However, X-rays have potential ricks when used in various fields. In the field of medicine, they are quite risky to the pregnant patients. For instance, an X-ray for abdomen usually avoided during pregnancy because they expose the womb to the radiation. Secondly, the Ionizing radiation can cause a cell damage. When a person is exposed to higher amount of radiation, such as X-rays and CT scans, he or she increases the ricks of developing a cancer. It is important to note that X-rays makes our blood cells have a high level of hydrogen peroxide which can possibly contribute to cell damage. In addition, X-rays can change the base of a DNA and this case lead to mutation.
It should be noted that the use of the computed tomography or simply the CT scan can be quite disadvantageous to the human body. For instance, the injection of the contrast medium can possibly lead to kidney problems and can result in allergic reaction to some peoples.
Also, the radiation from the x-ray machines can be very dangerous if not handled with care and the necessary precaution put in place. For instance, the operator of an analytical X-ray machine can be greatly affected by the X-ray beam if the necessary safety devices are not used. Thin shielding is commonly used to protect the machine operators from the soft X-rays. However, it is the same property which makes the X-rays very dangerous. The danger of thin shielding is that X-rays can be absorbed into the soft tissues and this can result in severe burns of hands, skins and arms. Some of the sources of the exposure to X-rays includes; primary beam, leakage of primary beam through cracks, penetration of the X-ray beam through cameras, shutters etc.; Diffracted rays from beam; Radiation caused by rectifiers in areas where we have a high voltage power supply.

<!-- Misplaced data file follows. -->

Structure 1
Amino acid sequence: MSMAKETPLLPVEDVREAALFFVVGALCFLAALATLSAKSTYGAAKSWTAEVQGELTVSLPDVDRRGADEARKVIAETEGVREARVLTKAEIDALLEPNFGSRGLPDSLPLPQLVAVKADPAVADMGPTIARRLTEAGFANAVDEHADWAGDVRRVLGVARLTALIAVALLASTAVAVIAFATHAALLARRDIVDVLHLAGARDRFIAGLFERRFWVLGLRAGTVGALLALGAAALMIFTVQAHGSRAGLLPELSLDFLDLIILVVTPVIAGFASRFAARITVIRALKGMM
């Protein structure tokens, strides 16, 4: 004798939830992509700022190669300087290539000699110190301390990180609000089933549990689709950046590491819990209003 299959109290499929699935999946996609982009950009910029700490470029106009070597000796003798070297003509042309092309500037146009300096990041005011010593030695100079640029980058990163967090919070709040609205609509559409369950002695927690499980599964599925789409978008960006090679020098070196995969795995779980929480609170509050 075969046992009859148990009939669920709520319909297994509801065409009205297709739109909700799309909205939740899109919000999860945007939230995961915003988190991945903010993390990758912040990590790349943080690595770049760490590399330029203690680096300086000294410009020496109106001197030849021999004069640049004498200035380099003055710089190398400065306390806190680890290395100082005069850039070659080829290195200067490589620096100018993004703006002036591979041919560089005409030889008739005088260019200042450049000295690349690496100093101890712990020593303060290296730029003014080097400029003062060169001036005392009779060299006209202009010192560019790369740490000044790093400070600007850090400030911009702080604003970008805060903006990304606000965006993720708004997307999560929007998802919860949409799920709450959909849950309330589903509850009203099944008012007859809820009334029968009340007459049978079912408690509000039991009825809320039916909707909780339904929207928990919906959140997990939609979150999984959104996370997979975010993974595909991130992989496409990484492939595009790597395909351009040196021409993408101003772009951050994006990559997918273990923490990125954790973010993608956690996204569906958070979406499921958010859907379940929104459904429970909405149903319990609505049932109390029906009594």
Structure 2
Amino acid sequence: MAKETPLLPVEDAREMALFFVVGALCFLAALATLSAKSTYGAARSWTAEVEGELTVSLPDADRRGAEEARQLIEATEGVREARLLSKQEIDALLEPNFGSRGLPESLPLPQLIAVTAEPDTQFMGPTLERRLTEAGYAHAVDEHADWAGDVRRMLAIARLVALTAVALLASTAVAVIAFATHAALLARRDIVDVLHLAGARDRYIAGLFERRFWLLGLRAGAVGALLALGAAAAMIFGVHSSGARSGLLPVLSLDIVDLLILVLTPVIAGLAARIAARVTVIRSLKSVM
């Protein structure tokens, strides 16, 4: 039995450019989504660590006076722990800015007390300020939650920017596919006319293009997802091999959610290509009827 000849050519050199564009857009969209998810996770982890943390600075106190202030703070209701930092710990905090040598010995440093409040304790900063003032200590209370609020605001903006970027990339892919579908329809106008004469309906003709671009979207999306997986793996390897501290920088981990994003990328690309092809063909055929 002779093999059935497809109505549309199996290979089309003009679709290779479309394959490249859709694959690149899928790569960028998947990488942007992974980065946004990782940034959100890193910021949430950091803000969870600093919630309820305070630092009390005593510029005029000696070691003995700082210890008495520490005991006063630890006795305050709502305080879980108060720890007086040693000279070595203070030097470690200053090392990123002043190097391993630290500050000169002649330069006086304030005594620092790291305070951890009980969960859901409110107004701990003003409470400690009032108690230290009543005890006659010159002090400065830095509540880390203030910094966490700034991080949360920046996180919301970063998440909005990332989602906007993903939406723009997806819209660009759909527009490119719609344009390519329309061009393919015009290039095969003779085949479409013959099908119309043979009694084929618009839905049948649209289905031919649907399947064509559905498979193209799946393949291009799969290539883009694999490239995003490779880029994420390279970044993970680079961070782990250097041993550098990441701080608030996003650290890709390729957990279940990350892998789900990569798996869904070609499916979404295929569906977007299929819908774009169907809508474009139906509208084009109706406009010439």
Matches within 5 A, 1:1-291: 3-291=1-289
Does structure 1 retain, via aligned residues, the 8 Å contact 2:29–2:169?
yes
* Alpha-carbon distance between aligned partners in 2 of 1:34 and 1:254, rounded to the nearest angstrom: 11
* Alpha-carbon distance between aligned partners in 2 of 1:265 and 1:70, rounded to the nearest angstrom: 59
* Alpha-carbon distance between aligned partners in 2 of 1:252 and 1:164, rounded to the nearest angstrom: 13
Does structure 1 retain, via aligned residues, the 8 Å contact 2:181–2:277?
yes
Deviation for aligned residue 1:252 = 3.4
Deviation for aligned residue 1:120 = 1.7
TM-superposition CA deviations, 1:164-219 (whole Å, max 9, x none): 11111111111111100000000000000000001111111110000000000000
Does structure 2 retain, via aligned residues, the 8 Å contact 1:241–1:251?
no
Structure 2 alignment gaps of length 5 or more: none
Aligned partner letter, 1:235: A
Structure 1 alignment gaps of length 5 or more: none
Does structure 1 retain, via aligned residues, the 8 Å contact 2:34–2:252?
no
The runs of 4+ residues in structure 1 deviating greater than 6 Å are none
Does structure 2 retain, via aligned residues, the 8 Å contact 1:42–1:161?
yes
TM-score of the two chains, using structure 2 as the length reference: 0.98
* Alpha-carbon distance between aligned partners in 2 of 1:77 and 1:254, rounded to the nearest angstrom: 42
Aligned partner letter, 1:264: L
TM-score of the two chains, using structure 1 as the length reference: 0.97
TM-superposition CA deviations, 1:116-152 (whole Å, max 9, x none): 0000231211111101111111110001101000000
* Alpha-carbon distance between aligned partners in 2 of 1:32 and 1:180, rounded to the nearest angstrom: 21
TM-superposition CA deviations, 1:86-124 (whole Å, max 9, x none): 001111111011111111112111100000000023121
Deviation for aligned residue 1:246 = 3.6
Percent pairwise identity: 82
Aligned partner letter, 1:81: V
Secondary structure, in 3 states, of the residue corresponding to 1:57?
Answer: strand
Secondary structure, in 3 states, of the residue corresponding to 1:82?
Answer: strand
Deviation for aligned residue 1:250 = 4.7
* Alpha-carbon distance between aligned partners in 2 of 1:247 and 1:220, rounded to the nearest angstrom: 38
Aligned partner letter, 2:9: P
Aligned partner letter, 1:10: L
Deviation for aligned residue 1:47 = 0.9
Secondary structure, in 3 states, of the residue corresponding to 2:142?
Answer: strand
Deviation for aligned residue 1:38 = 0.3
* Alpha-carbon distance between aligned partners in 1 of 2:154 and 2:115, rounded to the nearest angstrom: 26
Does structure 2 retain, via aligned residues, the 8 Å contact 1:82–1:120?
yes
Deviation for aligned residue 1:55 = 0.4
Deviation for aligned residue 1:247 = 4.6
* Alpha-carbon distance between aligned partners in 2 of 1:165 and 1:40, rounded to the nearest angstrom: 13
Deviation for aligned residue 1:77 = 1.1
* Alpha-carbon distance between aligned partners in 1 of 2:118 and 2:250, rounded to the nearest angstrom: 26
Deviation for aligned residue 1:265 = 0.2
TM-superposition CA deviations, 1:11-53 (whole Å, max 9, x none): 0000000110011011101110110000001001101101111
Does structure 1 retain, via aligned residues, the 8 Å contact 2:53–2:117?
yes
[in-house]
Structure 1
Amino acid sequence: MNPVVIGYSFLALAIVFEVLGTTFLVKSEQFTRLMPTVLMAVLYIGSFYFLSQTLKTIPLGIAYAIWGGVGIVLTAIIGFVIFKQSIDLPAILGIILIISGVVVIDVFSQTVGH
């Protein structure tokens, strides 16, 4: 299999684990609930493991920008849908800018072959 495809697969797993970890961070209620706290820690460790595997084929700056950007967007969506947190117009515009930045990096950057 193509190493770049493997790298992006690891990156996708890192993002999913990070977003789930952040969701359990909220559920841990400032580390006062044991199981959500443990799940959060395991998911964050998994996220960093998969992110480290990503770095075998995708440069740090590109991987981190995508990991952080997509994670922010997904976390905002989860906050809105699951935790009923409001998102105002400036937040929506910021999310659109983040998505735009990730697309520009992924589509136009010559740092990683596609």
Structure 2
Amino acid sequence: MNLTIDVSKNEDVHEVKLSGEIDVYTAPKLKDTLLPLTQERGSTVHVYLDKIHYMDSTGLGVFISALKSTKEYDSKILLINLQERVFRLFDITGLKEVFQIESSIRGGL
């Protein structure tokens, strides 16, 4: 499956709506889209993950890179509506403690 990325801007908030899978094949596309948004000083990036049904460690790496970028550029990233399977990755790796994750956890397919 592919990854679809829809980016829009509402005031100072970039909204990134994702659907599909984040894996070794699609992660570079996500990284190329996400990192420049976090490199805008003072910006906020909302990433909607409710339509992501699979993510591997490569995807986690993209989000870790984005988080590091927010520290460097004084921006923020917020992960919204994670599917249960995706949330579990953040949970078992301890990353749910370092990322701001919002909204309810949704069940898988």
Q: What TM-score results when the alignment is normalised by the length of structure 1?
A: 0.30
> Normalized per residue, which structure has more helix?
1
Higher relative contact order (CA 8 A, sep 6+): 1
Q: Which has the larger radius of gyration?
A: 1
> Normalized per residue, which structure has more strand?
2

Assmus, A. (1995). Early history of X rays. Beam Line, 25(2), 10-24.

Attwood, D. T. (2007). Soft x-rays and extreme ultraviolet radiation: Principles and applications. Cambridge: Cambridge University Press.

de Gonzalez, A. B., & Darby, S. (2004). Risk of cancer from diagnostic X-rays: estimates for the UK and 14 other countries. The lancet, 363(9406), 345-351.

Tanaka, Y., Inoue, H., & Holt, S. S. (1994). The X-ray astronomy satellite ASCA. Publications of the Astronomical Society of Japan, 46, L37-L41.
Robinson, I. K., & Tweet, D. J. (1992). Surface x-ray diffraction. Reports on Progress in Physics, 55(5), 599.